When people think of composting, most often a mental image of food scraps, worms, and soil appear in their mind’s eye. However, there are plenty of things that can be composted; the hard part is deciding what to put into your bucket!
Here is a list of what customers of Waste Not can put in their weekly compost bin!
Still have some concerns about something you are not certain is composable? A good composting rule to live by is that everything you eat or any part of what you eat can be composted. Food and plants in general are biodegradable and are major components in making fertile soil.
Interviewer: What is your business about?
Waste Not Compost Founder: Creating healthy soil to grow healthy food! It’s about diverting organic matter from going to a landfill. Food waste rots in anaerobic conditions (landfills) and create potent greenhouse gases. Composting food waste creates a nutrient dense soil amendment. Compost helps plants to fight off diseases, produce more crops, and retain more water in the soil.
I: What got you interested in composting?
WNCF: I started farming in my backyard and found out that I had terrible soil. I started composting my own households food waste to improve our soil in hopes of having healthier plants! It helped and I was hooked!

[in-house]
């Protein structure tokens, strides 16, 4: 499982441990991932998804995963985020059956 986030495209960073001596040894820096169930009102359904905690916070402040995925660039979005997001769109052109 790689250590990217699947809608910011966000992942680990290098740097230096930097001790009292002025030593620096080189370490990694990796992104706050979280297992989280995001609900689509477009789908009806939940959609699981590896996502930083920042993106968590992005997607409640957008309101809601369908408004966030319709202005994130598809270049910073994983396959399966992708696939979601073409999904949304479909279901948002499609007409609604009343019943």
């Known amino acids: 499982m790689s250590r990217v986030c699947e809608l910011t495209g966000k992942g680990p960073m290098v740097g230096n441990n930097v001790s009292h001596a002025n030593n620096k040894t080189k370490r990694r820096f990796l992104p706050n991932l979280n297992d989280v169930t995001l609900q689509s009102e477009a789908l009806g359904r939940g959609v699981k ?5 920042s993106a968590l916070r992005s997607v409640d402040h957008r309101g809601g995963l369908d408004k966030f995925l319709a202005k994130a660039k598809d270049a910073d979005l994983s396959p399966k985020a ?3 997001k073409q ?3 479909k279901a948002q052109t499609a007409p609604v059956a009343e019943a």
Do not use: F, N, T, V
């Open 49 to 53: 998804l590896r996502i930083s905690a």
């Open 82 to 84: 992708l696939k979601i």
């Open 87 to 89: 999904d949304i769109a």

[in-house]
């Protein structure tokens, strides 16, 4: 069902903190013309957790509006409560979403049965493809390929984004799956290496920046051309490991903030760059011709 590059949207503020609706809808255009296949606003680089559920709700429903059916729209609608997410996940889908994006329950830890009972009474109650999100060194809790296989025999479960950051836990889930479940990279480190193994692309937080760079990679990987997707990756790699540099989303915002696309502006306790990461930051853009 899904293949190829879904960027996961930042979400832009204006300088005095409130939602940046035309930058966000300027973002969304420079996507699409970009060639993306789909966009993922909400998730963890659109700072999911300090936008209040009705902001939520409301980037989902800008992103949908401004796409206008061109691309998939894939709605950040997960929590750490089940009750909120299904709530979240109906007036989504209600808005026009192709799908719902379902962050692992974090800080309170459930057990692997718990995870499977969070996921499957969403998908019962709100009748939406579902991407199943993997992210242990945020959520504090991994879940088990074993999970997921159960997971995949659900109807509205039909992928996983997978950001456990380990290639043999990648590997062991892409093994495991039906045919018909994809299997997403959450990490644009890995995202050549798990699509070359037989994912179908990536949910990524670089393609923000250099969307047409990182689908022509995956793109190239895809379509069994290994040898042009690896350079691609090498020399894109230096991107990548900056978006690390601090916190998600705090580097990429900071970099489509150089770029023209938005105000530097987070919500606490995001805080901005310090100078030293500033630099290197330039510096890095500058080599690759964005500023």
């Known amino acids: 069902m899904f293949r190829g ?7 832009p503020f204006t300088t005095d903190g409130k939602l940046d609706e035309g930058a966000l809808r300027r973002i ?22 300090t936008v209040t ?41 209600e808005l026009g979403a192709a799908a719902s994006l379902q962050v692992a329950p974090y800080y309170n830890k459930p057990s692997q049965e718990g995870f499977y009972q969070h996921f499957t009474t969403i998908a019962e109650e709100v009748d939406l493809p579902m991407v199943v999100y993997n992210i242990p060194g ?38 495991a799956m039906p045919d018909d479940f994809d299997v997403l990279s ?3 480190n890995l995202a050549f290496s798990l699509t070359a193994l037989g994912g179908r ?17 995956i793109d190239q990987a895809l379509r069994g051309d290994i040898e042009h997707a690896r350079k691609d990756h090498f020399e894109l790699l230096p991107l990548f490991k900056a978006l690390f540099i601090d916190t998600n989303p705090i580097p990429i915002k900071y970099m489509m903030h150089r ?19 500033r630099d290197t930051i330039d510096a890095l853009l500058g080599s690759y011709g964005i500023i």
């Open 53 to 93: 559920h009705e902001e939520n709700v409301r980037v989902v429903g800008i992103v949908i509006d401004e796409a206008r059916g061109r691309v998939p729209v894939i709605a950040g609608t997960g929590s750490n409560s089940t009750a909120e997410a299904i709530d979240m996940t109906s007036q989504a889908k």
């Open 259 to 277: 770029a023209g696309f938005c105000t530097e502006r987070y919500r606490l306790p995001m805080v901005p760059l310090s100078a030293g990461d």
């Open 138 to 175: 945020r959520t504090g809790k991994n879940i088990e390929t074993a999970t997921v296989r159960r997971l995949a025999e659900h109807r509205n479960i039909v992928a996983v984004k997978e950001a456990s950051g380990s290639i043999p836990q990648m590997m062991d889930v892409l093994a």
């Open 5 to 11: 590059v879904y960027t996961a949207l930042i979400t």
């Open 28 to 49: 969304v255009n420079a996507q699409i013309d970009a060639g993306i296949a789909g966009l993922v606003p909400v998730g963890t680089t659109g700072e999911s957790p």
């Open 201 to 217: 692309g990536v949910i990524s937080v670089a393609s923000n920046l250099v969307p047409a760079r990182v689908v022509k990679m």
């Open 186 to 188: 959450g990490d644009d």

I: Why did you choose to start a business for composting?
WNCF: I truly want to educate people about why composting is so good for a community. The majority of people don’t understand that food waste is a communities resource that can be up-cycled and turned into a valuable natural fertilizer. It is an awesome process to watch and create!
I: How did you get started?
WNCF: Very s-l-o-w-l-y! At first I was just adding my clients food waste to my own compost pile but realized I needed more space and proper equipment. Currently, I am composting at Springdale Farm in Plymouth and I have two other farms that are also interested.
I: Where did you learn everything you know about composting?
WNCF: Lots and lots of reading! YouTube has also been very informative. I’ve also toured and talked with farmers about what methods of composting they use.
I: What is one of your goals for your business in the upcoming year?
WNCF: My goal for 2018 is to reach 500 clients. Once this goal is met, I want to purchase an in vessel composter which will allow me to collect meat and dairy food waste. This method of composting cuts the time to create compost from months to weeks!